RS-7897, a novel organic nitrate, structurally contains aminoethylnitrate (AEN) and L-2-oxothiazolidine-4-carboxylic acid (L-OTCA), which are linked together via an amide bond. Vasodilating activity of RS-7897 was 130 times weaker than that of AEN in vitro, while in vivo it was comparable to but longer lasting than those of AEN and nitroglycerin in anesthetized dogs. Intravenous administration of RS-7897 to dogs resulted in the appearance in plasma of AEN, which decreased with about 2.5 times longer t1/2 (0.49 h) than that after administration of AEN itself. The Tmax value of AEN (0.25 h) after RS-7897 dosing agreed with the time showing the maximum vasodilating effect, indicating that RS-7897 serves as a prodrug releasing AEN slowly in vivo. The activity to hydrolyze RS-7897 to AEN and L-OTCA was localized in the cytosolic fractions of dog tissues, inhibited by thiol-blocking agents and was strongly inhibited by thyrotropin-releasing hormone, a substrate of pyroglutamyl aminopeptidase I (PAP-I). Furthermore, the RS-7897-hydrolyzing activity in dog liver cytosol was completely inhibited by an antibody against rat PAP-I. Therefore, it was found that PAP-I is involved in bioactivation of RS-7897 by amide bond hydrolysis, recognizing the sulfur-substituted L-pyroglutamyl moiety (L-OTCA) of this xenobiotic substrate.
Prulifloxacin is a prodrug-type new quinolone. The purpose of this study is to clarify the mechanism of biliary excretion and brain distribution of its active metabolite, UFX. UFX was efficiently excreted into the bile in rats, with its concentration in the bile being 30-60 times higher than that in plasma. The in vivo disposition study revealed that multidrug resistance-associated protein 2 (MRP2) was involved in the biliary excretion of glucuronide metabolite, but not of the unchanged UFX. A transport study using a P-glycoprotein (P-gp) overexpressing cell line, LLC-GA5-COL150, showed that UFX was a substrate of P-gp. Nevertheless, the biliary clearance (CLbile) of UFX in P-gp-gene-deficient mice was not different from that in the normal mice, although the concentration in the liver was slightly higher than that in the normal mice. These observations suggest that multiple transport systems are involved in the biliary excretion of UFX, with minor contribution of P-gp. The distribution of UFX in the rat brain was quite low, and its tissue to plasma concentration ratio (Kp) in the brain was much less than the unity and was increased by cyclosporin A. The Kp in the brain of mdr1a/1b(−/−) mice was higher than that in the normal mice, suggesting that efflux by P-gp played a major role in the limited brain distribution of UFX.
New SRM (selected reaction monitoring) data dependent exclusion (MS)n measurement makes it possible to obtain MS3 fragmentation data for all MS2 fragments, useful for structural determination of drug metabolites using ESI ion trap. MS2 fragments are produced by cleavage of all protonated molecules at the lone electron pairs of heteroatoms or the π electrons of double and triple bonds, benzene rings and hetero-rings of drugs. Usually, data dependent MS3 measurement cleaves only MS2 fragment of highest intensity, that normally does not contain important metabolic sites. Fragmentation data from all parts of drug metabolites is required to determine structure. In addition to the usual basic measurement of protonated molecules and (MS)n fragmentation of drug metabolites, we demonstrate the use of SRM data dependent (MS)n measurement, plus new SRM data dependent exclusion (MS)n measurement for structural determination of metabolites.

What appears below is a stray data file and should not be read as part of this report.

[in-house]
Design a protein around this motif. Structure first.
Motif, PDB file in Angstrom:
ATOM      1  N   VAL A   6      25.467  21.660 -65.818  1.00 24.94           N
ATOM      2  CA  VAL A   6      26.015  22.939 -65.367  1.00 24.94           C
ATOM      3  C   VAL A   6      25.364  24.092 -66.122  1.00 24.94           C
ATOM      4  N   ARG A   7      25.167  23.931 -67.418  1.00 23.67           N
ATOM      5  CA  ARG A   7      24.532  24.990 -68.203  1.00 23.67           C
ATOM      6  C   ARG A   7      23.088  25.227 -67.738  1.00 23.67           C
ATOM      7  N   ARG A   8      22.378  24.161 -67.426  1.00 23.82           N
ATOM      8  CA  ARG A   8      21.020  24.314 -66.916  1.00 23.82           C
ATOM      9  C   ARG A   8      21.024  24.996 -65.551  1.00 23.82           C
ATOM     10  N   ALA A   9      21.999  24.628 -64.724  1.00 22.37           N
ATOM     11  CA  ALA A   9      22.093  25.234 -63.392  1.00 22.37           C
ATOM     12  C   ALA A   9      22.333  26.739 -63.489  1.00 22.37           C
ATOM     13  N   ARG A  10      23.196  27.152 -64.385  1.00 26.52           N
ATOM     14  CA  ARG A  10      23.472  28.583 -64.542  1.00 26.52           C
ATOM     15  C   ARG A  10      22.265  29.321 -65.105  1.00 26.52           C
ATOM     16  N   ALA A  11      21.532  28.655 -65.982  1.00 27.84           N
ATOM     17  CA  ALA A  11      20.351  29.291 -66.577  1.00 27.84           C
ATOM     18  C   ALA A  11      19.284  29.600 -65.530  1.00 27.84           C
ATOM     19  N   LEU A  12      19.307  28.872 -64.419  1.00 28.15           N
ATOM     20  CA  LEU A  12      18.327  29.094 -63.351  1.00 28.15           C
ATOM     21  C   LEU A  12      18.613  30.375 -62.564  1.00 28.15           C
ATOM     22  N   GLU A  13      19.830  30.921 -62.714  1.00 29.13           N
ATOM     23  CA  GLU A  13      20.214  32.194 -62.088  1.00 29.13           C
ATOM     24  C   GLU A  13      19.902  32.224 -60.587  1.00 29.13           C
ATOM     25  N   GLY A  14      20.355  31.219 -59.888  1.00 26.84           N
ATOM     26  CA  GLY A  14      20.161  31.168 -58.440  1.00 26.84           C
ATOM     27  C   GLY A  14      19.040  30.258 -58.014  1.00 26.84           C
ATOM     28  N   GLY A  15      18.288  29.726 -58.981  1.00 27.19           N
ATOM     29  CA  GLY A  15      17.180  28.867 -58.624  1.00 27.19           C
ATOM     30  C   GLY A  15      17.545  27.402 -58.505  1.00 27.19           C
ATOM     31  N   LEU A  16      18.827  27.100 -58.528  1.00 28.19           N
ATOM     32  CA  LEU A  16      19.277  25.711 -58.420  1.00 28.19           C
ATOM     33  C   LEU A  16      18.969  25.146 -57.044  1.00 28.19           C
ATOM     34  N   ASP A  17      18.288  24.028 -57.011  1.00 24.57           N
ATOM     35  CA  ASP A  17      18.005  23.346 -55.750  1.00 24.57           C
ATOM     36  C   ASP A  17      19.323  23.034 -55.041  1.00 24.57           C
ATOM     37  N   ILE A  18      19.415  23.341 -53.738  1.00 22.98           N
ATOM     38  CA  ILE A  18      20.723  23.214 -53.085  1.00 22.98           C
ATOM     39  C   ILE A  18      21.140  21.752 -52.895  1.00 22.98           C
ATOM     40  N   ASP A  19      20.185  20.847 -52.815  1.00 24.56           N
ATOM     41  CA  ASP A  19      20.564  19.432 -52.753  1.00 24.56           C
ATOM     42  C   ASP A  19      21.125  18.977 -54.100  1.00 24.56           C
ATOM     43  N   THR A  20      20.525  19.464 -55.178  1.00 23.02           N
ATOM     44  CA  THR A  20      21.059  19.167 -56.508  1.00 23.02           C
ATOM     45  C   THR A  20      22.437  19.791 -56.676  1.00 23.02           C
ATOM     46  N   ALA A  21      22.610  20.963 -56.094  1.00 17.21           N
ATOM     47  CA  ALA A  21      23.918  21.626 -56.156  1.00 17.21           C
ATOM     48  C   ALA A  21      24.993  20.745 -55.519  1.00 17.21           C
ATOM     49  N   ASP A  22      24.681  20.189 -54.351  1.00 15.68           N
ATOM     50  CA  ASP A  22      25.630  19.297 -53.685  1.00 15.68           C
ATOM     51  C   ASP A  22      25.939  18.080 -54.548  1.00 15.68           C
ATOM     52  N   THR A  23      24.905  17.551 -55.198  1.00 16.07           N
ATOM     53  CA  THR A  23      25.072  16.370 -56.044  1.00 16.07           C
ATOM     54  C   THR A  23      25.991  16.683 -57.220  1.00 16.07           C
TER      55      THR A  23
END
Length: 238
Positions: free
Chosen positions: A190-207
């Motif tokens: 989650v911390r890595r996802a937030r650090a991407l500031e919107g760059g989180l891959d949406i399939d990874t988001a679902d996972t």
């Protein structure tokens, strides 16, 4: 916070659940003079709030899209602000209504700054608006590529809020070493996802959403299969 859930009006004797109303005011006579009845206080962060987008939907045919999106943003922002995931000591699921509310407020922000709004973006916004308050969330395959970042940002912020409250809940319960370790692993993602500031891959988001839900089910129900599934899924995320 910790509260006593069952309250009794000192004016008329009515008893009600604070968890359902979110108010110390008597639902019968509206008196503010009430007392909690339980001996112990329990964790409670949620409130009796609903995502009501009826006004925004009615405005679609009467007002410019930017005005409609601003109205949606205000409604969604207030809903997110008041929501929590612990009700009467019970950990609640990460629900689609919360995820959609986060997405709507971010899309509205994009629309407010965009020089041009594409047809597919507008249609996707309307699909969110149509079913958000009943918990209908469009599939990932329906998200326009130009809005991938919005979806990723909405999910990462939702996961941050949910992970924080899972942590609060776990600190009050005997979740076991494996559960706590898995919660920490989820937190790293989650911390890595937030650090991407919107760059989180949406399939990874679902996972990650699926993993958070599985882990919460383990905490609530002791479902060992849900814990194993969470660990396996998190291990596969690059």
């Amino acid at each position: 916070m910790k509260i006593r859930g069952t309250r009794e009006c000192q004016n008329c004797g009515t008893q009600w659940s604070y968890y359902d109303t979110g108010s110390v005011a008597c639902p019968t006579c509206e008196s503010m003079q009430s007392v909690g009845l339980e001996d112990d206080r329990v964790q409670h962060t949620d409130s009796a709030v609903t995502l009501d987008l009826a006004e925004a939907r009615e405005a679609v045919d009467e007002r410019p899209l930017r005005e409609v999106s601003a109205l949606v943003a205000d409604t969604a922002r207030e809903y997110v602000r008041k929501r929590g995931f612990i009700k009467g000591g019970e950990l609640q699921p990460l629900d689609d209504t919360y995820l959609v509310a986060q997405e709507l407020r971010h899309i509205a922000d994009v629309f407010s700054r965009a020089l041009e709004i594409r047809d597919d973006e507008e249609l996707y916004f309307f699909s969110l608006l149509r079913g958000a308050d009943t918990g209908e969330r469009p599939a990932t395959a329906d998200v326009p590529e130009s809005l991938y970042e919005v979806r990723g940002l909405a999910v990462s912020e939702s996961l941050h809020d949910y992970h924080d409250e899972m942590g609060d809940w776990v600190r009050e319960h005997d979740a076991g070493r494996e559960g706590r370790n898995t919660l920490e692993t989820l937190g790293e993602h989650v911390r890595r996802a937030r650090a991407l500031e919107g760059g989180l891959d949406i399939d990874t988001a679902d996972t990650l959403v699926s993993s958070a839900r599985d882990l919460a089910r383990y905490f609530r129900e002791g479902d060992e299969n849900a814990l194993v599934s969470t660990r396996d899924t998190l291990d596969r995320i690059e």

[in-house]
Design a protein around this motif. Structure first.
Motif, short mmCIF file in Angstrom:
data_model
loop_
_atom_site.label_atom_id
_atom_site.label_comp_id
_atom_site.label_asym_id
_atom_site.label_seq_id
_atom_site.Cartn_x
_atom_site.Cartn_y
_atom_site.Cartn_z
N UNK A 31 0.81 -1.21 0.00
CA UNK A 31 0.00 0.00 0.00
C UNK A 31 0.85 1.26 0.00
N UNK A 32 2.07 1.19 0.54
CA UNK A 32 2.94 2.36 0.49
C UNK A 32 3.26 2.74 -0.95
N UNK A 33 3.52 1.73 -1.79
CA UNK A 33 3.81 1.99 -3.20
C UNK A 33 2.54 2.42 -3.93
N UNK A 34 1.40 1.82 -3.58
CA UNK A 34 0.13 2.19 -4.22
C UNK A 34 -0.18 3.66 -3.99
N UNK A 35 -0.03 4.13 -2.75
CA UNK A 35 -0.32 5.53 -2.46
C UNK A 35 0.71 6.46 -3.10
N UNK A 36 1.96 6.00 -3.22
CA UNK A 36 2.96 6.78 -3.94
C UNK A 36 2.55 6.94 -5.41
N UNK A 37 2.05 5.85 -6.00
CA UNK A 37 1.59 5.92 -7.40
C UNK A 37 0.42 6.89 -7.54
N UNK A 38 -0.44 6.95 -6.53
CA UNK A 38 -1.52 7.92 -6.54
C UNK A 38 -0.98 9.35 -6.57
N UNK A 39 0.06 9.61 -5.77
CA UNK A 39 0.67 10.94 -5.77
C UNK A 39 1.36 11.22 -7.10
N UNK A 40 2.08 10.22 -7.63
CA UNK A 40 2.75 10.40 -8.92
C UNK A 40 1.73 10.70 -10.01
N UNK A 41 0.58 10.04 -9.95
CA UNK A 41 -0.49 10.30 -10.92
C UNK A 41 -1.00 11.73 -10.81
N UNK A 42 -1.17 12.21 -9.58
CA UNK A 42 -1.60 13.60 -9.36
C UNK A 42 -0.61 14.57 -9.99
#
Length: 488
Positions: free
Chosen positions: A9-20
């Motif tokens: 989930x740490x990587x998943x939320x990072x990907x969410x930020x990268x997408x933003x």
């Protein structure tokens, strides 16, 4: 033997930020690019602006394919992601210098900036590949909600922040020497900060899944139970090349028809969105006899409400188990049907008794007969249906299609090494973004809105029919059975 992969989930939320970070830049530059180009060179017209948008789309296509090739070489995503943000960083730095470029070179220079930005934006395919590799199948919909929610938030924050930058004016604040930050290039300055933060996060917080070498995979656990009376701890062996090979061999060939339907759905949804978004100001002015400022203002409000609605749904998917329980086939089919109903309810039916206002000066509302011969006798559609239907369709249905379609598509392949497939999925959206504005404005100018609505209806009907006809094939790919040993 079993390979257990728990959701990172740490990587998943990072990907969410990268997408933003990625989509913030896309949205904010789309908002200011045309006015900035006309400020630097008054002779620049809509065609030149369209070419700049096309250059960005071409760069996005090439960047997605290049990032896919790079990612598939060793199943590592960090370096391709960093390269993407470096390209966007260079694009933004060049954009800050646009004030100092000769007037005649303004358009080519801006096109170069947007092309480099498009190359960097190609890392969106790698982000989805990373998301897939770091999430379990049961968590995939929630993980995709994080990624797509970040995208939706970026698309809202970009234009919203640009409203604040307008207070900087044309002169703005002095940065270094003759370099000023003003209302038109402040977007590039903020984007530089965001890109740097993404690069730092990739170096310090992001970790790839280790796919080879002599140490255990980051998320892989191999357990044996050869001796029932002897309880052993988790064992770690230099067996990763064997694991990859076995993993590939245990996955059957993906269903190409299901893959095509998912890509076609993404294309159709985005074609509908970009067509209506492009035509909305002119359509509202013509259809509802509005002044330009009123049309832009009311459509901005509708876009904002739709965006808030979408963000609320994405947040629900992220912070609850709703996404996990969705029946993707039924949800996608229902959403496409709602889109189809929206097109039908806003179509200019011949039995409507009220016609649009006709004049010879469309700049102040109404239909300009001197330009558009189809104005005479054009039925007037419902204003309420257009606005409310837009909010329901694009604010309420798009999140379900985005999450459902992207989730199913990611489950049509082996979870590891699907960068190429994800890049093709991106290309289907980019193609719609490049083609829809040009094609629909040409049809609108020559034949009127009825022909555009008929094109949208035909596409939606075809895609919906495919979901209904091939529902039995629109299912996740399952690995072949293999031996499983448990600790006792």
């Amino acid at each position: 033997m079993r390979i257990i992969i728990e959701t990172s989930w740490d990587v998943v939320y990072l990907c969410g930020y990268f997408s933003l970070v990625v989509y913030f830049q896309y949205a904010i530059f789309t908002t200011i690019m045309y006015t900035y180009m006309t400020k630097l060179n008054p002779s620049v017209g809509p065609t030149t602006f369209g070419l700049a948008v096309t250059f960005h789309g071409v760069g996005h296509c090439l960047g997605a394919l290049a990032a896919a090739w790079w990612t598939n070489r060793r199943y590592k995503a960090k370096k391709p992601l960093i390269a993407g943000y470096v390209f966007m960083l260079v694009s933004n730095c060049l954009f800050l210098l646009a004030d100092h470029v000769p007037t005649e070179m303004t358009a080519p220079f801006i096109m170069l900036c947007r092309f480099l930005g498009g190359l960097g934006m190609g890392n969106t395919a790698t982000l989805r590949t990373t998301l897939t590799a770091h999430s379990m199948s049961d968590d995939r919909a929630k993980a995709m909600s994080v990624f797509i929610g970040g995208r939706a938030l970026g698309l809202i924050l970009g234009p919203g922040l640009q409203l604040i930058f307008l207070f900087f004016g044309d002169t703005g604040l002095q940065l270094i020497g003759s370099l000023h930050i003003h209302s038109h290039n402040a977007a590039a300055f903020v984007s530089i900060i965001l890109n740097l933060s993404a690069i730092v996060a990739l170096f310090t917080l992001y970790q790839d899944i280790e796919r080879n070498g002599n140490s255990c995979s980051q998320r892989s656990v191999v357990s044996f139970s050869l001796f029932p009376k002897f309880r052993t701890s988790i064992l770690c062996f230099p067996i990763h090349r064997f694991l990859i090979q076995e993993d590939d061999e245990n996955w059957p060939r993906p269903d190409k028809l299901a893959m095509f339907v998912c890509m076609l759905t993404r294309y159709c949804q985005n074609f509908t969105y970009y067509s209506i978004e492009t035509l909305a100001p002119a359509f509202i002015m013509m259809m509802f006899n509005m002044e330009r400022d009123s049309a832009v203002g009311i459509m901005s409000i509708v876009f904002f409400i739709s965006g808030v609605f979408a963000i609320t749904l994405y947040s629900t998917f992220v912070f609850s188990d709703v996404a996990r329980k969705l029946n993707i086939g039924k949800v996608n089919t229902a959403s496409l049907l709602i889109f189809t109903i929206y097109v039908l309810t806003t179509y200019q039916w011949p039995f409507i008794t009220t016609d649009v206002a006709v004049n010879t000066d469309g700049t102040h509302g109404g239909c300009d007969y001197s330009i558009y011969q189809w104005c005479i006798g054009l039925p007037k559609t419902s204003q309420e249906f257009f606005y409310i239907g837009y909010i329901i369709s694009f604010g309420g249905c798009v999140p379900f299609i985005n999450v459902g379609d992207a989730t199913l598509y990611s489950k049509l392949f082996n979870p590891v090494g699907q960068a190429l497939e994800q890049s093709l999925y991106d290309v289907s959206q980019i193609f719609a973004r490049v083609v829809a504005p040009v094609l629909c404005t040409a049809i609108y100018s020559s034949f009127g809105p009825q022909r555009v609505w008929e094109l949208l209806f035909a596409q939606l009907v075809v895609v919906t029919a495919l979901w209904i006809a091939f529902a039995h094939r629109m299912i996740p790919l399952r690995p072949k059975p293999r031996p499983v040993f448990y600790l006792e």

We have shown previously that the flux of fluorescein isothiocyanate dextran 4000 (FD-4) is transported across the Caco-2 cell monolayers in a polarized fashion favoring the basal to apical direction under normal conditions (i.e., isotonic solution in basal side). Furthermore, FD-4 transport may occur via a process that included a certain degree of substrate specificity for polysaccharide and transcytosis. In the present study, we compared the flux of FD-4 in the basal to apical direction (efflux) and the apical to basal direction (influx) in stress conditions (i.e., hyperosmolarity in basal side) to those in normal conditions (i.e., iso-osmolarity in basal side). The efflux of FD-4 was increased by hyperosmolarity in basal side, but the influx was decreased when compared with normal conditions. Neither dextran 10, 000 nor colchicine inhibited the efflux of FD-4 in hyperosmolarity conditions. The inhibition of efflux of FD-4 was observed not by S-nitroso-N-acetylpenicillamine but by sodium nitroprusside and sodium ferrocyanide. These results collectively suggest that hyperosmolarity in basal side accelerates the efflux of FD-4 across the transcellular route but not across the paracellular route in Caco-2 cell monolayers. And it is indicated that cyanide rather than nitric oxide is involved in dysfunction of the FD-4 efflux system irrespective of conditions such as normal osmolarity or hyperosmolarity.
We have evaluated the functional consequences of genetic variations in human organic cation transporter hOCT1 (SLC22A1). Three coding single nucleotide polymorphisms (cSNPs) resulted in the amino acid changes Pro283Leu, Arg287Gly and Pro341Leu were assessed. Uptake experiments with transient expression system using HEK293 cells revealed that the variants Pro283Leu and Arg287Gly had completely diminished transport activity. The other variant Pro341Leu had a significantly, but not completely, decreased transport activity. Western blot analysis showed that the expression levels of all three variant proteins in the crude membranes of HEK293 cells were comparable to those of wild type hOCT1. Moreover, the expression of variant proteins at the plasma membrane was confirmed by indirect immunofluorescence, indicating that these SNPs did not affect the membrane localization of hOCT1. Present results suggest that the amino acid residues Pro283 and Arg287 have a substantial role in substrate recognition of hOCT1.